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Justice League #10 Changes Everything We Know About DC's Greek Pantheon

WARNING: The following article contains spoilers for Justice League #10 by Scott Snyder, Francis Manapul and Tom Napolitano, in stores now.

In the DC Universe, the pantheon of Greek gods has mostly been tied to the Wonder Woman's mythology, however, if you're a fan of the stories involving the Old Gods and the New Gods, you'd understand just how integral they are to the entire DCU's earliest days. While the concept of a god is somewhat fluid, ranging from an alien origin to a supernatural or mythical one, we can all agree on this bunch being all-powerful entities ever since they came into being after the Godwave spilled over to create what we've come to know as the Fourth World.

It's this omnipotence which helps to craft their mystique, and more so, their immortality. However, in Justice League #10 we learn that this isn't the case at all, and that these gods do indeed suffer a permanent death.

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Following the death of Poseidon, Aquaman and Wonder Woman are tracking clues he left behind to find the Graveyard of Gods, a mysterious place whose ominous name promises a lot of danger. They realize Cheetah, who can now slay gods, and Black Manta are seeking to attain some sort of equalizer to the Justice League, although what -- or who -- exactly this weapon is remains unclear. All they know is, the graveyard is the key.

Diana of Themyscira elaborates on this place, though, revealing it's actually where Greek gods go when they die for real. It seems Cheetah and Manta may be going there to either use the spirits of deceased gods, or maybe even their actual bodies, for some nefarious plot, but what's for certain is that Wonder Woman knows it spells disaster, not just for Olympus' still-living deities, but mankind as a whole.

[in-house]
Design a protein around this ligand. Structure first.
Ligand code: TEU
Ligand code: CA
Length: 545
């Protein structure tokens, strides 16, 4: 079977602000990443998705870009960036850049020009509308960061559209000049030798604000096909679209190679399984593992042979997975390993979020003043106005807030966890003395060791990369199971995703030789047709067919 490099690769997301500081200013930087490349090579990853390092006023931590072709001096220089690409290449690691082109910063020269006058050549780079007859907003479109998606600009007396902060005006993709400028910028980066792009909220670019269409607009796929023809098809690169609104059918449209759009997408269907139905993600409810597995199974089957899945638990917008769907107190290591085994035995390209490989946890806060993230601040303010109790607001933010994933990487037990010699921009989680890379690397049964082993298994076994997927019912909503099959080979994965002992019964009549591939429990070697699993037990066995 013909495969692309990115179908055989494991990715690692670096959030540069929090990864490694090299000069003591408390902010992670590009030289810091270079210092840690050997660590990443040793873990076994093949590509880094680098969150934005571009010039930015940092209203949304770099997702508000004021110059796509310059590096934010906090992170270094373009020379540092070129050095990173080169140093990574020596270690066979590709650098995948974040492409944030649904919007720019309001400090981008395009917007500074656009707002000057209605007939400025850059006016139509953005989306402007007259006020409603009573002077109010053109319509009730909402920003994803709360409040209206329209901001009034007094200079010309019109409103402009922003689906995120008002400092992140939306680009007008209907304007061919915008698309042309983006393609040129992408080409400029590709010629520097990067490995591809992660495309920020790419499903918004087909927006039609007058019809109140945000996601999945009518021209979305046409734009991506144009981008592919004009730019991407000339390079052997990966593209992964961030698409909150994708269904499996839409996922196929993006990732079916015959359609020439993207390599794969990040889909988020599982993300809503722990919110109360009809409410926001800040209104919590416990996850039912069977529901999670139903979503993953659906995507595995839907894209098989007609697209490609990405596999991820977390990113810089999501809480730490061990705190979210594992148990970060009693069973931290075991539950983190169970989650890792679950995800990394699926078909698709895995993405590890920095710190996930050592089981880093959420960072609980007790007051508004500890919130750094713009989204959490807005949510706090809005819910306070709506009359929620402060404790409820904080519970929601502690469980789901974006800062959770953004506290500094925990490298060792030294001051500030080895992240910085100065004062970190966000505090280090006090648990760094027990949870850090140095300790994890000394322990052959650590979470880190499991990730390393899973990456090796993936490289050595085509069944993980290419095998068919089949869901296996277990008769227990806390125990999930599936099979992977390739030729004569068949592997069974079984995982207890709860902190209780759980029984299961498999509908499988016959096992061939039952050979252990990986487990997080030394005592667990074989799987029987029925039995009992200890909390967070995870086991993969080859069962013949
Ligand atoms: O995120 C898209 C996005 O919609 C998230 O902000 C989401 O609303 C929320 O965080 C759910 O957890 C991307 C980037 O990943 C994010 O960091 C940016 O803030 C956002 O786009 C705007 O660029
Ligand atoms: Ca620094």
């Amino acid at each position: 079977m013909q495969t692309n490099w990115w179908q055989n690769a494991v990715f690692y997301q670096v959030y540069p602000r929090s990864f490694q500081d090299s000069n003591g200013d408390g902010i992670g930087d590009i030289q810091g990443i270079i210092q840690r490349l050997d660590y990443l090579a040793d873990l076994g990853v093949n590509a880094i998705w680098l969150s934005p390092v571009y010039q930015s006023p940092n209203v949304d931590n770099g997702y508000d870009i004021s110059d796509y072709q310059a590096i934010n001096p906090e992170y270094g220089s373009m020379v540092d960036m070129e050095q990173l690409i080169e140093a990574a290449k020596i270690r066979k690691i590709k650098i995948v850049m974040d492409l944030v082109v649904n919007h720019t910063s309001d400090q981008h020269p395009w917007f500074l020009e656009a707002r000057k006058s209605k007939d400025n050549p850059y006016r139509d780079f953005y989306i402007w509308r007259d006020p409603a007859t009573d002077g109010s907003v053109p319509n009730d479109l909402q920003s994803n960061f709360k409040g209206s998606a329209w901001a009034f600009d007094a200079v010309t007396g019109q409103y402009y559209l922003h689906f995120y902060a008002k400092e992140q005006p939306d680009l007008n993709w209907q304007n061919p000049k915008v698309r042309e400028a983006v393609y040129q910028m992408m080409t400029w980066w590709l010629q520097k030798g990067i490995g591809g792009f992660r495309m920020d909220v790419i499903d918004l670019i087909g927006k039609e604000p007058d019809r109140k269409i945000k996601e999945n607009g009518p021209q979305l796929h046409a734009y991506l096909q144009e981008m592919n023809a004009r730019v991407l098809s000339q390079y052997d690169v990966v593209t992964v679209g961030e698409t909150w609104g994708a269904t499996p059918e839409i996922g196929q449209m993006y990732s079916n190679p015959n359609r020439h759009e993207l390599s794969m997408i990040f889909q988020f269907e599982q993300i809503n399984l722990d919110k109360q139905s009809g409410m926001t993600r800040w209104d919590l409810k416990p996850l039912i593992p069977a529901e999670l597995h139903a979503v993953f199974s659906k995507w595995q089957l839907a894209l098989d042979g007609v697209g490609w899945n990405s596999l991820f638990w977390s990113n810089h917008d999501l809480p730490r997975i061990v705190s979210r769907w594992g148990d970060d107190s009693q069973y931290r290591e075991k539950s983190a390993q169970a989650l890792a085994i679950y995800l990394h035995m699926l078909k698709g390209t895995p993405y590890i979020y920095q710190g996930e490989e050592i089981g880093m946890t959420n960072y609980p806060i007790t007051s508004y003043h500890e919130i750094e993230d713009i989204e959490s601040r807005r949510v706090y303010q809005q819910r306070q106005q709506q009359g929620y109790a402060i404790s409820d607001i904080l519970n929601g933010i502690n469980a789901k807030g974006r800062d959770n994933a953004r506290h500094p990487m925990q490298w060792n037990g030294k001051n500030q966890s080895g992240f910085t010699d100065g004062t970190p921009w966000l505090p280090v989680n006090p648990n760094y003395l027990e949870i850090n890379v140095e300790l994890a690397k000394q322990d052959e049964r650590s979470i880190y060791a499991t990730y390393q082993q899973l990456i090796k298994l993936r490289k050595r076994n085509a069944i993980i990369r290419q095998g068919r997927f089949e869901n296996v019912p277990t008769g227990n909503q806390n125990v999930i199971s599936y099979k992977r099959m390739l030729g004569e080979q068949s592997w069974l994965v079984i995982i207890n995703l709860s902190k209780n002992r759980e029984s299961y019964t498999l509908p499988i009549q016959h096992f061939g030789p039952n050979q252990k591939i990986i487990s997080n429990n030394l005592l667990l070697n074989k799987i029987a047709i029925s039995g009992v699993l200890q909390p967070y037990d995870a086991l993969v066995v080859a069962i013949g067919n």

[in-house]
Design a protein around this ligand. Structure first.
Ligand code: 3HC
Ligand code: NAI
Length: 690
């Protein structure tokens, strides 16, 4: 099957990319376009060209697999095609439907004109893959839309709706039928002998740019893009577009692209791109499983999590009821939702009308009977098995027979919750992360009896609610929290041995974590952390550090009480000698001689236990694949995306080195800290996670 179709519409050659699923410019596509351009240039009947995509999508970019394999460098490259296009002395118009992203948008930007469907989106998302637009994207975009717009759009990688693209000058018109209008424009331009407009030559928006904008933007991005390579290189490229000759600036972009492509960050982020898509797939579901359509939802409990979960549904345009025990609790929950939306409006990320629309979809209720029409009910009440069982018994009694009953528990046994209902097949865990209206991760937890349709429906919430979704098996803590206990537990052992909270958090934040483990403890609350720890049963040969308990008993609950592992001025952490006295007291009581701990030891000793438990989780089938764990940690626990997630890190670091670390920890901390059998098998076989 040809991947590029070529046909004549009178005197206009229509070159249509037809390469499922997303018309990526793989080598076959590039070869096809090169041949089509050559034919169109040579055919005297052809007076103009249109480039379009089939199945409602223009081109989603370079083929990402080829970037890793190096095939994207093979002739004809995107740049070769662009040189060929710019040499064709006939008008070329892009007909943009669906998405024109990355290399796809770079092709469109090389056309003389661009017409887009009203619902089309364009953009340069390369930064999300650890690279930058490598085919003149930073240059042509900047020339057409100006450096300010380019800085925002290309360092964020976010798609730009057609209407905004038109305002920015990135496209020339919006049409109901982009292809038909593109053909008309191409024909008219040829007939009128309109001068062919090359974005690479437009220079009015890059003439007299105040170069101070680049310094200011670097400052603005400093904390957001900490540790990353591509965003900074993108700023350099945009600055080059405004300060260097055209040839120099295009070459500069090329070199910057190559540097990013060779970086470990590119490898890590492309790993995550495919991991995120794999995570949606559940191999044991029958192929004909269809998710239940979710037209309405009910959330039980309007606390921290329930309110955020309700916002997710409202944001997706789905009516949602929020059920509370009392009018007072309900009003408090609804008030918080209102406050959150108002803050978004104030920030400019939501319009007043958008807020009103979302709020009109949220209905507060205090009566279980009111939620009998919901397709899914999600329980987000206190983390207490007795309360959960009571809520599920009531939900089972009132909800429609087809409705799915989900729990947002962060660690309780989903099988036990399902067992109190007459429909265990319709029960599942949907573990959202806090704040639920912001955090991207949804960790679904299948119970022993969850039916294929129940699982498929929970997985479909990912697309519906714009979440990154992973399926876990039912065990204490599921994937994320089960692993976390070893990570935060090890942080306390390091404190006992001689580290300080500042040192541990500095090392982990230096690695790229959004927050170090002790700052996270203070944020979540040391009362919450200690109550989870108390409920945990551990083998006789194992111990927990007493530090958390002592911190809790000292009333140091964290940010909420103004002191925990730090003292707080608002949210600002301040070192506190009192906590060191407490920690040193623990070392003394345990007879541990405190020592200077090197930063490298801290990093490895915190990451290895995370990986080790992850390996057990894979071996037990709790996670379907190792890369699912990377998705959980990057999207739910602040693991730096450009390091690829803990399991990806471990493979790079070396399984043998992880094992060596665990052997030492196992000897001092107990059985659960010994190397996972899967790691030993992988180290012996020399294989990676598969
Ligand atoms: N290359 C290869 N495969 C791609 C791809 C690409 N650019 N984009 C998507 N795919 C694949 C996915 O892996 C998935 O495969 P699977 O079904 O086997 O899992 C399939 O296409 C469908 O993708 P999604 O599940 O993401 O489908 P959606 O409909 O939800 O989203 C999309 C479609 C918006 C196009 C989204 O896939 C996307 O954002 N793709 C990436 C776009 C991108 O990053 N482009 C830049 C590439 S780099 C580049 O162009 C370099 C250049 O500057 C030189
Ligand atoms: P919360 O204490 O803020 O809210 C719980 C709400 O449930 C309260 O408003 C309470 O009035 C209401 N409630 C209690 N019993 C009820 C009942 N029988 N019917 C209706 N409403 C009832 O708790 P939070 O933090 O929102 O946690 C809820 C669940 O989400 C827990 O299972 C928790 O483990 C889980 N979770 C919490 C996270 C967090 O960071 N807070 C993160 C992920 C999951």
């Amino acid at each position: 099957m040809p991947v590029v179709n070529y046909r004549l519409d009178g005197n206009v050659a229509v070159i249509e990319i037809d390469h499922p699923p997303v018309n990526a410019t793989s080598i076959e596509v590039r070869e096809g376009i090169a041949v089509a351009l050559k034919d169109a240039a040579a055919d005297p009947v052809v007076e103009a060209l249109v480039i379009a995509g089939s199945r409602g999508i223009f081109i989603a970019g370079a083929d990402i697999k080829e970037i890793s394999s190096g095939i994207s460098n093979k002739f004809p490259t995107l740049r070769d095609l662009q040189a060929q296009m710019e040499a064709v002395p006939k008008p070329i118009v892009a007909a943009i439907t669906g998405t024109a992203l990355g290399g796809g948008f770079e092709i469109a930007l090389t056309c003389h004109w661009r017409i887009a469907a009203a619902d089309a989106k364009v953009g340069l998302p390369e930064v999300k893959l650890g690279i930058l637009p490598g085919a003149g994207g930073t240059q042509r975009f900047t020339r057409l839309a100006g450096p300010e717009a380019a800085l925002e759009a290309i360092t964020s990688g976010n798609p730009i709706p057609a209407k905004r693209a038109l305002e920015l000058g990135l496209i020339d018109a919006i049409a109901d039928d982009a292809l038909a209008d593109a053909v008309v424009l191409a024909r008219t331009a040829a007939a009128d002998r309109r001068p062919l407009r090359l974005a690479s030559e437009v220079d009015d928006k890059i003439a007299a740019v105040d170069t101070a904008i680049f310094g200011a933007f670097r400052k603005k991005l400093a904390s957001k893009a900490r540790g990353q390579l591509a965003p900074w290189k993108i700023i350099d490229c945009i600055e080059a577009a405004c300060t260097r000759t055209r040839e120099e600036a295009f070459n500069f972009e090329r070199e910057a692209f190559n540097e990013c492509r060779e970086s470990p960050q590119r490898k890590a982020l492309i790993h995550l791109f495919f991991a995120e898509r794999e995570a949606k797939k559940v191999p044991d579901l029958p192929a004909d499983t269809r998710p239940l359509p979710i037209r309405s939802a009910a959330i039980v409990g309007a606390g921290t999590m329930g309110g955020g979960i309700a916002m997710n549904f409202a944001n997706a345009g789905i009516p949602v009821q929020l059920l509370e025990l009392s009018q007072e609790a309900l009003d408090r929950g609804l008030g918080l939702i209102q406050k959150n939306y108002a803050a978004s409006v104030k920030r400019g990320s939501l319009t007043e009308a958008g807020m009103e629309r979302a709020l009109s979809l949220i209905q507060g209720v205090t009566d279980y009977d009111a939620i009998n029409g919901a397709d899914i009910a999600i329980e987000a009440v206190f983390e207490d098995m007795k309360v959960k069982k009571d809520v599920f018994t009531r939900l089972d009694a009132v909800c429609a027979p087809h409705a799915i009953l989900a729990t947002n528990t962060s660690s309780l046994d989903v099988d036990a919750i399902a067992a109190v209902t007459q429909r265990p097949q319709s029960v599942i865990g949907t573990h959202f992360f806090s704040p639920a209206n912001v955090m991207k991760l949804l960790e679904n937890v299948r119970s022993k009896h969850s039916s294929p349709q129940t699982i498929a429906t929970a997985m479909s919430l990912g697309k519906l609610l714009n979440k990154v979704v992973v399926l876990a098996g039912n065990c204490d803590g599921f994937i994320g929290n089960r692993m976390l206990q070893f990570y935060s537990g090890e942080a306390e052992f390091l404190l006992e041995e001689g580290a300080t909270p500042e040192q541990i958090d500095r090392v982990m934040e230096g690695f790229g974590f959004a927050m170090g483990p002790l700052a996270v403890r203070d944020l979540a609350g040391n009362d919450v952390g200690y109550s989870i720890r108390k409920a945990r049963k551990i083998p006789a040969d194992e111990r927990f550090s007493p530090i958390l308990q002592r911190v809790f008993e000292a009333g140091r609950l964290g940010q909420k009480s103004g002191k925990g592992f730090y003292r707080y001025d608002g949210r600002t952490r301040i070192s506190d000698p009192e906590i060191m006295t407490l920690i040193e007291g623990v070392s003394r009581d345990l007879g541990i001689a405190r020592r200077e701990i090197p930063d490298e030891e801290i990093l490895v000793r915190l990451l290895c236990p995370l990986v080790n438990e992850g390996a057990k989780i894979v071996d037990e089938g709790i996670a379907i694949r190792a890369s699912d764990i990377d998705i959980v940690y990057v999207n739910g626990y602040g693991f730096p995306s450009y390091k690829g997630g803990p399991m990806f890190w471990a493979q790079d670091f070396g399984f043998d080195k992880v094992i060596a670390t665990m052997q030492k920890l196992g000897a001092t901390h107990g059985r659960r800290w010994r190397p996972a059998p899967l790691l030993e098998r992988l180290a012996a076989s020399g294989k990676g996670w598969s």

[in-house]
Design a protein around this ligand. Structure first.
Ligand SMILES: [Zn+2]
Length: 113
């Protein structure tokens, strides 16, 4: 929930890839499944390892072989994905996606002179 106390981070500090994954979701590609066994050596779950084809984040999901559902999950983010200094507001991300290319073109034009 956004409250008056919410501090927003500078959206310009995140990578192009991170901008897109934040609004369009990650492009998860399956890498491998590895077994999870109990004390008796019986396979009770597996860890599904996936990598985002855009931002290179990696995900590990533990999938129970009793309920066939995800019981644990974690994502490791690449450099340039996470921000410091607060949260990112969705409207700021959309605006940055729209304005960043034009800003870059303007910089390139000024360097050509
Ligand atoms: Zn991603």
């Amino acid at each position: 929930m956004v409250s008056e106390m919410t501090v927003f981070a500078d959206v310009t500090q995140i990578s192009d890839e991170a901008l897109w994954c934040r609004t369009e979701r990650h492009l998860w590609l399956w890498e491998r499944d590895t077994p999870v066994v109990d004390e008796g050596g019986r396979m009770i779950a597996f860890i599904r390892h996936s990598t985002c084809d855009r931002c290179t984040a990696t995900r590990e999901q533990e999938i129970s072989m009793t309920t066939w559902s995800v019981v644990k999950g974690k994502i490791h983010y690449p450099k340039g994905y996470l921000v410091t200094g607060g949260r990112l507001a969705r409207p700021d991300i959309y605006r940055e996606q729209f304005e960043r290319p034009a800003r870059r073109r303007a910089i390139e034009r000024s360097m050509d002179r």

This revelation shocks Aquaman, who, like most readers, assumed the Greek gods could be taken off the table, but never truly die. Diana clears the air, however, explaining it is indeed an underworld, further hinting there might be a Hades there in the form of a crypt-keeper. As guardian of the underworld for human souls, Hades has been a constant thorn in humanity's side, which indicates a version tasked with watching over dead gods might be more dangerous.

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In DC lore, as Wonder Woman points out, the gods of Olympus usually die, their spirit heading into another vessel where they remain dormant. When the time comes, they reemerge as the gods they were meant to be. We saw this in the New 52 when Zeus was reborn as baby Zeke to a human called Zola, and with gods like Poseidon, for example, who moved from human hosts to a squid-like form. The point is, their essence was thought to live on, seeking out some other corporeal form. But now, we know that if a killer has the right tools, such as Cheetah, who stole the Tear of Existence from Lex Luthor, they can murder one of these gods for good.

As we await more details, and to see which gods are inside this graveyard, we have to wonder how can such a place hold them. The last thing that contained these gods when they perished was the belly of the Titan known as Cronus. He ate Zeus' siblings because he feared one of them would kill him as prophesied, and in his stomach, the likes of Hades, Hera and Poseidon, were devoured. They remained inside him, for all intents and purposes, dead. That is, until Zeus harnessed the power of lightning, killed his dad and freed them.

Could Cronus be the gatekeeper? Or did he actually have a hand in making this graveyard so all his offspring could be taken there someday? Only time will tell, but as it stands, if Cheetah continues on her rampage and the secrets to this graveyard aren't unlocked, Diana may find herself on an endangered species list with her fellow Olympians.

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